NAIL SOUP BLUES BAND, LEANNE WILKINS, AARON SEMER
(Ballard Firehouse) Like Michigan transplant Rosie Thomas, 25-year-old Akron, Ohio native Aaron Semer is blessing Seattle with his presence before catapulting to mega-fame. And like Thomas, one listen to his upcoming debut (to be released this spring on Mike Toschi's Global Seepej Records) will convince you that he is a major, multifaceted, and eccentric talent. While Thomas has been a captivating, perfect performer since her first local appearances, Semer's live act still needs polishing. But even now a listener feels as if these songs have always been there, waiting for someone to discover them. Imagine X's John Doe telling tales of office-tower drudgery and friends disappearing into addiction, "getting crushed by the garbage man" crossed with the hiphop-flavored drollery of Beck: "We were at a party, listening to rock and roll/drinking alcohol, and smoking marijuana cigarettes," he narrates on one irresistible chorus. Semer's Ween-like humor and deeply felt songs make him a strange fit for the Firehouse, but offer an early (9 pm!) chance to check out this longstanding venue without witnessing the cringe-fest of an oldies reunion tour. GRANT COGSWELL
REMEDY: DJ SKRIBBLE, BRAIN ASHER
(Showbox) DJ Skribble was the DJ in early-'90s hiphop outfit the Young Black Teenagers. Step by step he turned his attention away from the lovely, agile, nimble, freaky-funky techniques of hiphop turntablism in favor of big, thumpy, shallow dance music. It's really too bad. He's a bigtime MTV DJ now, the final stop on the wrong path of electronic music production before "C-89" hell itself. (I even like C-89--89.5 FM. But man, sometimes they play the raunchiest music.) Skribble's most recent release, Skribble's House, is so terribly uninteresting it's unlistenable, though I haven't yet tried it while swigging those vodka Red Bull drinks, so maybe that's the key. BRIAN GOEDDE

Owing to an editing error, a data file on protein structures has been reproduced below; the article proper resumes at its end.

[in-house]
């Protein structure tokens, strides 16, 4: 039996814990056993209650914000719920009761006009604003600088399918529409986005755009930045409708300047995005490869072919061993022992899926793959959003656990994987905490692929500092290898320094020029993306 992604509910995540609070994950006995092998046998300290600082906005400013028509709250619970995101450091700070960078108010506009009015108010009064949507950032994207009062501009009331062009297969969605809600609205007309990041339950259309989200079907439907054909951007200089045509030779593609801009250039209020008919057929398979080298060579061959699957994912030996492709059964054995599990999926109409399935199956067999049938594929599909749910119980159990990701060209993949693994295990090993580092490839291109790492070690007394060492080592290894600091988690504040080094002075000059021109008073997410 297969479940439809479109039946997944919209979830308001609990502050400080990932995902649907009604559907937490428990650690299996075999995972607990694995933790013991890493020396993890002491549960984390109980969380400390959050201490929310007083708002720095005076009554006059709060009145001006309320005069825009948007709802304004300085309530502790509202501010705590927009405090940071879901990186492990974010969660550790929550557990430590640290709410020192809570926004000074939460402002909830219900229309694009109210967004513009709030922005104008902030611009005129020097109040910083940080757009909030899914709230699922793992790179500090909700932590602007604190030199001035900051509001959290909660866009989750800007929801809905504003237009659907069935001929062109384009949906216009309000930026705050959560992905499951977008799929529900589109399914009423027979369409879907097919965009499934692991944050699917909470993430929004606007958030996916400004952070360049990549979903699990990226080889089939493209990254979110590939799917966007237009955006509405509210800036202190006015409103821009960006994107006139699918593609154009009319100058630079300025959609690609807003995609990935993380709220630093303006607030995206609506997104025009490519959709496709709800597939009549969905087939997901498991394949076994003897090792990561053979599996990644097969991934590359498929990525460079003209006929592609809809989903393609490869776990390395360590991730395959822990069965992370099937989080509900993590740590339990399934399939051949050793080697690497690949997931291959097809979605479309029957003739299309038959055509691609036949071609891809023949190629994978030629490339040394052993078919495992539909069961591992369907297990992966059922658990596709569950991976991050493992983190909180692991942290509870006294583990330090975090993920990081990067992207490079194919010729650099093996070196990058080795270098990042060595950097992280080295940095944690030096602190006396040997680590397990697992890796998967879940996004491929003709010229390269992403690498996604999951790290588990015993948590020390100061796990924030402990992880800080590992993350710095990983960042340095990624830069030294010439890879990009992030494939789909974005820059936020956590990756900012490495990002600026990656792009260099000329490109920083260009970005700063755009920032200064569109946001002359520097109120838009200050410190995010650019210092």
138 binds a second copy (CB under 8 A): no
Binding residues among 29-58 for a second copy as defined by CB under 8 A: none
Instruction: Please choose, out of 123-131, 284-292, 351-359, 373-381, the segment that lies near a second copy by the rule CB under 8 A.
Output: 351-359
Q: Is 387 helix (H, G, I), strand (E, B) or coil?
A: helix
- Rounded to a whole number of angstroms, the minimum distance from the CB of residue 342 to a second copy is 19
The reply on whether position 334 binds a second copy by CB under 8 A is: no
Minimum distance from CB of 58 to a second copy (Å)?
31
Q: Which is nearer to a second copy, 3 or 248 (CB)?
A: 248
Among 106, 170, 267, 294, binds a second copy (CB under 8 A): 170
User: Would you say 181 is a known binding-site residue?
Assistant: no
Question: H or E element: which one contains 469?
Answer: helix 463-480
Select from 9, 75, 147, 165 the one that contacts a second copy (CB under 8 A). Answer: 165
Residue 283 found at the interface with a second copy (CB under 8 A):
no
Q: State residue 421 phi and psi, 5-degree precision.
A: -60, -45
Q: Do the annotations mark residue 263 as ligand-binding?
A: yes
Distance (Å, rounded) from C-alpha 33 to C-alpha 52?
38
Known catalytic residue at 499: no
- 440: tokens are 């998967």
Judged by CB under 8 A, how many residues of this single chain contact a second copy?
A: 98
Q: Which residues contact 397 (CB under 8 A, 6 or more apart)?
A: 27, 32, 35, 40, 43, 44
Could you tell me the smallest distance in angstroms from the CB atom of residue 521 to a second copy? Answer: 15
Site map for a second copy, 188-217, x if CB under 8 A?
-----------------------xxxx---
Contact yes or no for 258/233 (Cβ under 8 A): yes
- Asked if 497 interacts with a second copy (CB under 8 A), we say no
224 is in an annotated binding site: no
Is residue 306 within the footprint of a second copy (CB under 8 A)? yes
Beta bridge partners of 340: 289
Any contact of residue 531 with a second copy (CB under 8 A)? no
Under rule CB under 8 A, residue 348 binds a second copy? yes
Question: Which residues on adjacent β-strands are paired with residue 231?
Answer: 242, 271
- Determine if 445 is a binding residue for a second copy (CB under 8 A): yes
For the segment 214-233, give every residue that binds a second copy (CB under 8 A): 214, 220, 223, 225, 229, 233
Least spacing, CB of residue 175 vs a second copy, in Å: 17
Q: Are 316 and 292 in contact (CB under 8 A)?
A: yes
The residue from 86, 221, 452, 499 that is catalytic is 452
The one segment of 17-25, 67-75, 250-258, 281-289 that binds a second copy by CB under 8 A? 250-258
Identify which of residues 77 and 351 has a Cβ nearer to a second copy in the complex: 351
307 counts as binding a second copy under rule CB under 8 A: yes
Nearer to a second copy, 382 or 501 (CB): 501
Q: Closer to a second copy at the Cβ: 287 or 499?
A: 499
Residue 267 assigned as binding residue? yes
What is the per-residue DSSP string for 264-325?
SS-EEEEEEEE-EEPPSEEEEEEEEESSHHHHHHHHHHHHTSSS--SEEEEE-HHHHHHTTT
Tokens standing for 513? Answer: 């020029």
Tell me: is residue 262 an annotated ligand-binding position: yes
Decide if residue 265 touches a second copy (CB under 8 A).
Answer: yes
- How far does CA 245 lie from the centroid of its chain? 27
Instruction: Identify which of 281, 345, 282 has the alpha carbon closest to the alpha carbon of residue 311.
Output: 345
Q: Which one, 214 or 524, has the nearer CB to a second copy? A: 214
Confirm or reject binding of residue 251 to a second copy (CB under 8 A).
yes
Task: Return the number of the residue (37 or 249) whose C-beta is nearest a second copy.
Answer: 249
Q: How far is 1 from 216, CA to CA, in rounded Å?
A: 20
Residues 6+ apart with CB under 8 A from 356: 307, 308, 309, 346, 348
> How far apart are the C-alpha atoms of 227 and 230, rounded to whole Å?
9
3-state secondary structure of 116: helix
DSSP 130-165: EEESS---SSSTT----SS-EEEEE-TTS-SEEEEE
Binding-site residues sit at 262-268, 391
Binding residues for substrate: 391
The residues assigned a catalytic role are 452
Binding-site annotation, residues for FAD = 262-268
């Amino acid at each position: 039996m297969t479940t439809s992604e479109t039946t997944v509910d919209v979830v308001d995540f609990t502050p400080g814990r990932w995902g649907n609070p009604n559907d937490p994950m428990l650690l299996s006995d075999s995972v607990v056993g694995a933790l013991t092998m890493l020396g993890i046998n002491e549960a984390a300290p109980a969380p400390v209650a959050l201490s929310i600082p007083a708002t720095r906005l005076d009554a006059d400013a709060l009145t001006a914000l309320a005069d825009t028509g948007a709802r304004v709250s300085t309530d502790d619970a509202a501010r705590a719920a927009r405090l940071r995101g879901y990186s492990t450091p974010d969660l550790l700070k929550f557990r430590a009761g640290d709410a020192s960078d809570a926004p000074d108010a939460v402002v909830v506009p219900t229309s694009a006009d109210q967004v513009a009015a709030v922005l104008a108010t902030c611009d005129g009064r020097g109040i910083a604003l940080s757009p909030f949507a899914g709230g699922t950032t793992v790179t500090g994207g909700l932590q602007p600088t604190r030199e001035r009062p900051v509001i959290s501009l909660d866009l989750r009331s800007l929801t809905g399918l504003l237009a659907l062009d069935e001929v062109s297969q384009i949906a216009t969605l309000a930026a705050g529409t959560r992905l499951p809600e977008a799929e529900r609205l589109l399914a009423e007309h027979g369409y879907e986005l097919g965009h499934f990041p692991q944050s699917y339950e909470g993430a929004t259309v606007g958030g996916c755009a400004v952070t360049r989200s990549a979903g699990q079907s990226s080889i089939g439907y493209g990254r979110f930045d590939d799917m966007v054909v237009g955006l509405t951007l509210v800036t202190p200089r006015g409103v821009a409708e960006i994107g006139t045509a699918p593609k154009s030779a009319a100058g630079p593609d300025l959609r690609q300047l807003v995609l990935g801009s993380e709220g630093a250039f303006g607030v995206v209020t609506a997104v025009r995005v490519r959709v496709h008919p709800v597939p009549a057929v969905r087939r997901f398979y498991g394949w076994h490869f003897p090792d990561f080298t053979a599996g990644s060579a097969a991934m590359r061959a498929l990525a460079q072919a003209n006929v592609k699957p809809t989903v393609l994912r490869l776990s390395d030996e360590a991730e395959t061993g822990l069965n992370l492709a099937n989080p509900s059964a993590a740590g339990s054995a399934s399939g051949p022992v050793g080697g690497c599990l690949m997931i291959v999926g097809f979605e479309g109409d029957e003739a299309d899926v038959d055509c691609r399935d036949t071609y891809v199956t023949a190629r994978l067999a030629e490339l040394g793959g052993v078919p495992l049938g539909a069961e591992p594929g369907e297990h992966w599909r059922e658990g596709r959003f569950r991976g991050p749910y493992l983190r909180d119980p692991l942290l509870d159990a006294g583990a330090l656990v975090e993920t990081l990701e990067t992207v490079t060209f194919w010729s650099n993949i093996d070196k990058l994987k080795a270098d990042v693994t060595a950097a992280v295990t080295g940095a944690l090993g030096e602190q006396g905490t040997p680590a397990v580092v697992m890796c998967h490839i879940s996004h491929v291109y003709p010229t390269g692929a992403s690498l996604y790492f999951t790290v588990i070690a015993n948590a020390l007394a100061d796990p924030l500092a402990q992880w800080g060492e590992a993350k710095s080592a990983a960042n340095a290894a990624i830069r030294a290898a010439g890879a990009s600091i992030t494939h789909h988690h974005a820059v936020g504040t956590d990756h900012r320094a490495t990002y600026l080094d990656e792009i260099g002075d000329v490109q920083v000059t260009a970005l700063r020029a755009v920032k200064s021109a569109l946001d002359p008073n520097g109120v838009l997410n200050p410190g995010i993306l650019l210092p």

NEIL HALSTEAD, SID HILLMAN
(Tractor) See Stranger Suggests.
DRUNK HORSE, FEDERATION X, SHAKE CITY, PARTY TIME
(Graceland) Between Drunk Horse and Party Time, you'll leave this show feeling like a pure-blooded American--not because of a patriotic love for the country, but because the irony and decadence those bands represent is distinctly U.S.A. Drunk Horse is Oakland's answer to loud and testicular power rock; the band recently released a 7-inch of Prince covers as a follow-up to its concept record, Tanning Salon/Biblical Proportions. Party Time, true to its name, is Portland's favorite '80s party-rock band, with anthemic guitar solos and lyrics about cars, guitars, and--you guessed it!--girls. So, in a long-standing tradition, get your mind off these tumultuous times by swilling buckets of Pabst and blowing out your eardrums. It's called "drowning your sorrows in excess," and it's an American privilege. JULIANNE SHEPHERD
JUNO, DESAPARECIDOS, THE PROM
(Paradox) See Stranger Suggests.
ANTIBALAS, DJ DAREK MAZZONE
(I-Spy) Antibalas is the 13-piece Afrobeat group that was signed to Ninja Tune, the label known for great DJs such as Amon Tobin, DJ Food, and Kid Koala. This is remarkable for a number of reasons, most important of which is that Antibalas doesn't make totally brilliant music like many of its labelmates. It's upbeat, tight, positive music, and the group will no doubt make a beautifully big sound in concert, but its breakthrough album, Vol 1. Liberation Afrobeat, isn't any more musically "visionary" than the stuff you'll catch at the Folklife Festival this coming May. Antibalas has another album to be released in early March, called Talkatif, and it's more of the same. "The same" is great music, don't get me wrong. It's just that there's such a big buzz around this crew, with big profiles in rap magazines and all that, that it's a little weird. Chalk up Antibalas' fame to the novelty of having an Afrobeat group on a super-cool avant-DJ label. Nevertheless, Folklife Festival is months away, so head down to the I-Spy tonight. BRIAN GOEDDE
BUSTA RHYMES, BOOM BAP PROJECT
(Showbox) See preview this issue.